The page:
The hardest part of trying to do intersectional work for me, as an Anishinaabe woman, is that most people–even most people of color and other oppressed peoples–know so little about Native people. I had a lot of difficulty recently when someone (a respected changemaker) tried to tell me her opinion on why Native people don’t have it that bad, when no part of her opinion was based in truth. It is hard to not feel resentment when people bring huge, common misconceptions to the table: of rich Indians, of free college and casino money.
We have to remember that white supremacy purposefully doesn’t teach us about each other’s history and cultures in order to keep us divided. I’m trying to remember compassion in all my work. I’m trying to give what I can of my time and knowledge so that we have space to build together.
Because of course, people in Minnesota mostly know nothing about Native people. Our graduation standards mandate hardly any education about the Native peoples of this state (two weeks of study in sixth grade). In college, most people don’t take Native history courses. It’s left to Native people to explain who we are, where we come from, what we are fighting for.
It’s so rare for Native people to even be mentioned in mainstream media or in political dialogue. And when we are, it’s almost–maybe certainly–never from a Native perspective. Most non-Native people don’t seek out Native media, and many don’t know any Native people. Most Americans never have access to any sort of indigenous perspective.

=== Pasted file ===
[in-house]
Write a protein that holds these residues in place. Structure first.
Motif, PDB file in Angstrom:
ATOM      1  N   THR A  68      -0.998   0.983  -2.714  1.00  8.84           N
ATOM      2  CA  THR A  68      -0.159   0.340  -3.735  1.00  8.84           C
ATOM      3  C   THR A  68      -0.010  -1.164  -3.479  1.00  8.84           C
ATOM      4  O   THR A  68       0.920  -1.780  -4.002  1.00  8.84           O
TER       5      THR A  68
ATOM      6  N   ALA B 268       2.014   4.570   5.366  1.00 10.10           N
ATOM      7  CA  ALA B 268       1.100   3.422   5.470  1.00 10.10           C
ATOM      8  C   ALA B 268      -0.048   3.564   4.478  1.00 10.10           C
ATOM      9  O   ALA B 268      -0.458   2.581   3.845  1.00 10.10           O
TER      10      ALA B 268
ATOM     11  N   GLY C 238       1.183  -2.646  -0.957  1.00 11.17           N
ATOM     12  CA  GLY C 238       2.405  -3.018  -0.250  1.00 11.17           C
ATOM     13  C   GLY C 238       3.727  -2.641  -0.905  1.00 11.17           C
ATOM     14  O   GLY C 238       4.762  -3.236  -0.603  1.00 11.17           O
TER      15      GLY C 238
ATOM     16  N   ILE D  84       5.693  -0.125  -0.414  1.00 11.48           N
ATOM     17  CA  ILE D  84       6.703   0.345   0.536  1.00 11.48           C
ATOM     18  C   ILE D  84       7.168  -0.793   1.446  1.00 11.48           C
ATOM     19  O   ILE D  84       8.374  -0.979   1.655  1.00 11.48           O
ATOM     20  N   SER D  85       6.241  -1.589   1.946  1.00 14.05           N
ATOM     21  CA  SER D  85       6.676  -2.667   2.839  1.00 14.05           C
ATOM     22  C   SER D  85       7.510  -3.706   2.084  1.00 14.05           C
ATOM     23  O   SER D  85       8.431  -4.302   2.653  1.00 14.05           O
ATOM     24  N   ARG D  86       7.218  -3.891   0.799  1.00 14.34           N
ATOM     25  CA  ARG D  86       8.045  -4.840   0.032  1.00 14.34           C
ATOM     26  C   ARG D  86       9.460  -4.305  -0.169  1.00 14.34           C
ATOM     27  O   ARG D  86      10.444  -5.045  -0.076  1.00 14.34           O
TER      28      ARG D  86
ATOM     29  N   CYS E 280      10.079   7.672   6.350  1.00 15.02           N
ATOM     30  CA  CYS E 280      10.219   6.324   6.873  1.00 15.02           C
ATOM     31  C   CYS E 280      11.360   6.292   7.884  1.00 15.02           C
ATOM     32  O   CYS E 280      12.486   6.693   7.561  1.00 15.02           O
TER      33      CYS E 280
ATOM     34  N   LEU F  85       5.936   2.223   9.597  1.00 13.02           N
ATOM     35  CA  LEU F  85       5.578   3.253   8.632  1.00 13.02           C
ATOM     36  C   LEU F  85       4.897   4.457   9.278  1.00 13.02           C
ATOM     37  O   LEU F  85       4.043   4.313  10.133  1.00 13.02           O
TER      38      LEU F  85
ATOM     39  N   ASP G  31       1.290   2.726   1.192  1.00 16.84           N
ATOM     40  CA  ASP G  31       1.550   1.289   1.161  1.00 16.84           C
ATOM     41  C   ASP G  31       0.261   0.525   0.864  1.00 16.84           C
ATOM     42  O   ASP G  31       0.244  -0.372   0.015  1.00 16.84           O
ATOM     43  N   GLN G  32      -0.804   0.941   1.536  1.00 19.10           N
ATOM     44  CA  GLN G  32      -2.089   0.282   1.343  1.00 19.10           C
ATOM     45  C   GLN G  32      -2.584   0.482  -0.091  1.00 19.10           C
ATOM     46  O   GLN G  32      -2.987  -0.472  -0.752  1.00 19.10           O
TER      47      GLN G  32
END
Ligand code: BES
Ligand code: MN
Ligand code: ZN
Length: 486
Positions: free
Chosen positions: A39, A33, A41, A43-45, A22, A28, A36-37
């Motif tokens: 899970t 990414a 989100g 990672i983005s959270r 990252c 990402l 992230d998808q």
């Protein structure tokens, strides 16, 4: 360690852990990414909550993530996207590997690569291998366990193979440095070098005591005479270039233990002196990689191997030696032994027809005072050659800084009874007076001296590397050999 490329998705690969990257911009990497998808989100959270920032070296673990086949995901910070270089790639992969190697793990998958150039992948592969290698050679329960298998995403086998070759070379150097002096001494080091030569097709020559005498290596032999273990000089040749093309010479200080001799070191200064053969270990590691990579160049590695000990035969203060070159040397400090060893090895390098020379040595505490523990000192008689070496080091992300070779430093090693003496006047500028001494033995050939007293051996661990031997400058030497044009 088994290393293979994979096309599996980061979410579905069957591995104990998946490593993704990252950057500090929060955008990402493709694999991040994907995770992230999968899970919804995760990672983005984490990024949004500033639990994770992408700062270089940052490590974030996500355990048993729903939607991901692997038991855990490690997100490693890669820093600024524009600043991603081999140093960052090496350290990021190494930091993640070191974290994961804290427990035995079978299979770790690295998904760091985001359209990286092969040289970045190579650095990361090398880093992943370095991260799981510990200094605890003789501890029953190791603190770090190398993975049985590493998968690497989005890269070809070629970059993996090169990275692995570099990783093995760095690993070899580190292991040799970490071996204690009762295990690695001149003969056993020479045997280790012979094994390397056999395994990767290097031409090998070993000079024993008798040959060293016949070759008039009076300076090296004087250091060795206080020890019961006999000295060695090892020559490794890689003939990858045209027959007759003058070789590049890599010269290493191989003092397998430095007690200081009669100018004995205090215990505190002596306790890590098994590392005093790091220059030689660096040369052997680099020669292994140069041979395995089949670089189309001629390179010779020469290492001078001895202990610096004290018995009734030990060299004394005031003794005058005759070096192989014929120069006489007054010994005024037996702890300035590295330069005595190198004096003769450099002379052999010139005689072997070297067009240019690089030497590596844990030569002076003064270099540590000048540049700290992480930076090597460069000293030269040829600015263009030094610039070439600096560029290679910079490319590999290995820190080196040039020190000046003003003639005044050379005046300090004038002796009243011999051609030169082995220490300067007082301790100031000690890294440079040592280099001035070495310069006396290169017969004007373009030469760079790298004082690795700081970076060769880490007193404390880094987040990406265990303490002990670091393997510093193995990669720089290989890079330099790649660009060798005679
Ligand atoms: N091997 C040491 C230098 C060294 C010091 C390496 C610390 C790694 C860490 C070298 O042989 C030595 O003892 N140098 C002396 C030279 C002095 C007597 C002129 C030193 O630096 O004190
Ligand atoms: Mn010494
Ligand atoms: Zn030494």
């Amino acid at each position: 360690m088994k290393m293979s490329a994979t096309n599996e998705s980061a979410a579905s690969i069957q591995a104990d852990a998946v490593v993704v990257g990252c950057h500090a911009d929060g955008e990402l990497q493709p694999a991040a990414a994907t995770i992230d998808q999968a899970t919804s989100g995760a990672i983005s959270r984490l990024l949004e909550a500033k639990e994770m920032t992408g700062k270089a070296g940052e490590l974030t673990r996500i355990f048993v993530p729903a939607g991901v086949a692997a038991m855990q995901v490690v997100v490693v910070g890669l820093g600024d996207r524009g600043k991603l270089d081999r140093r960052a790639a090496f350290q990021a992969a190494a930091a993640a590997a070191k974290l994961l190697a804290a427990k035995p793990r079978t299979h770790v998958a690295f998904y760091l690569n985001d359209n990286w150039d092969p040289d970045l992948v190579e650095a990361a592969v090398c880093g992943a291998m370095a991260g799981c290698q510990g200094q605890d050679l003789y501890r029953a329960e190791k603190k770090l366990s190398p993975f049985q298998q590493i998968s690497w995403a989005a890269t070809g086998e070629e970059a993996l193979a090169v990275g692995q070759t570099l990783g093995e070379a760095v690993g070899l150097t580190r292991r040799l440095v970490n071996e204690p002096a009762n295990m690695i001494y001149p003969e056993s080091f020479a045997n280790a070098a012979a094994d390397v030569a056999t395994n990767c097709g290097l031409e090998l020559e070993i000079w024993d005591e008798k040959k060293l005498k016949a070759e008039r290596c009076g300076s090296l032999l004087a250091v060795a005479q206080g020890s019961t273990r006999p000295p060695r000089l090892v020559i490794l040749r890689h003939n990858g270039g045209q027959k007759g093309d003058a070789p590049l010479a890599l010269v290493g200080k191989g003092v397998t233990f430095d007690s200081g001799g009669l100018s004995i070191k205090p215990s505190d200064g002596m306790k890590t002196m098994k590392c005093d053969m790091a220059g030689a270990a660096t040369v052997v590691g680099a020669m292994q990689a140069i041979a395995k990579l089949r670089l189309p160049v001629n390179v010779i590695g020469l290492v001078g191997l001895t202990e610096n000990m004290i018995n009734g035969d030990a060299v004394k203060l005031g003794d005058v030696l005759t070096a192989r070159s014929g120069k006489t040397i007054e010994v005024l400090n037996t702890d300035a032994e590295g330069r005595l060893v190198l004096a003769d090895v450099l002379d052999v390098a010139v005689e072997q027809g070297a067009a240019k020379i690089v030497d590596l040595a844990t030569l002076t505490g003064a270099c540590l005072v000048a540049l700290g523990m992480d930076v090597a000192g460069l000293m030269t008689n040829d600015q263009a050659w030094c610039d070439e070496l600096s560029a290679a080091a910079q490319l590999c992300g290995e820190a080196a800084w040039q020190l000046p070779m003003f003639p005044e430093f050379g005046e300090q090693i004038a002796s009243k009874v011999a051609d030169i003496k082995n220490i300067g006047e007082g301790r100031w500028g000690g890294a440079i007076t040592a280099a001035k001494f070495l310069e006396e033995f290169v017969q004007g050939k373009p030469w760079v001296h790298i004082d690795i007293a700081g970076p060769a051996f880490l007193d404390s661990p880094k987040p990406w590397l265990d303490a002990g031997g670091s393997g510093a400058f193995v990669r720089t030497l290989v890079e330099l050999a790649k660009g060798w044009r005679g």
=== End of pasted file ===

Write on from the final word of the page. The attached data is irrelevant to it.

So, it’s left up to Native people to explain why things like mascots matter. They dehumanize us. They act like Native people are cartoons, are relics of the past. They enforce the noble savage trope. These things impact how Native people are treated on a daily basis.
It’s up to Native people to constantly ask people to stop appropriating our cultures. Because there are actual impacts to appropriation. Please, don’t get that dreamcatcher tattoo. Please just stop. Actions like that bring about even more added stress of trying to protect our culture from the vultures.
It’s left up to Native people to explain sovereignty. That we aren’t just fighting for equal rights. That the United States government has never given us rights, but only impeded our sovereign rights as the original occupants of this land.
In organizing circles, there is a commonly accepted idea that you never have to be anyone’s teacher. As an Anishinaabe woman trying to do change making work, I’ve never felt like I have that option. There are so few of us, that if we don’t share our narrative, who will? If only half of us graduate from high school, how do we get our stories out there? If only 13 percent of us graduate from college, how much burden do we have to rely on that 13 percent to always be the ones to tell our story? To always be the ones at the table?
Here’s what I’d like everyone to know: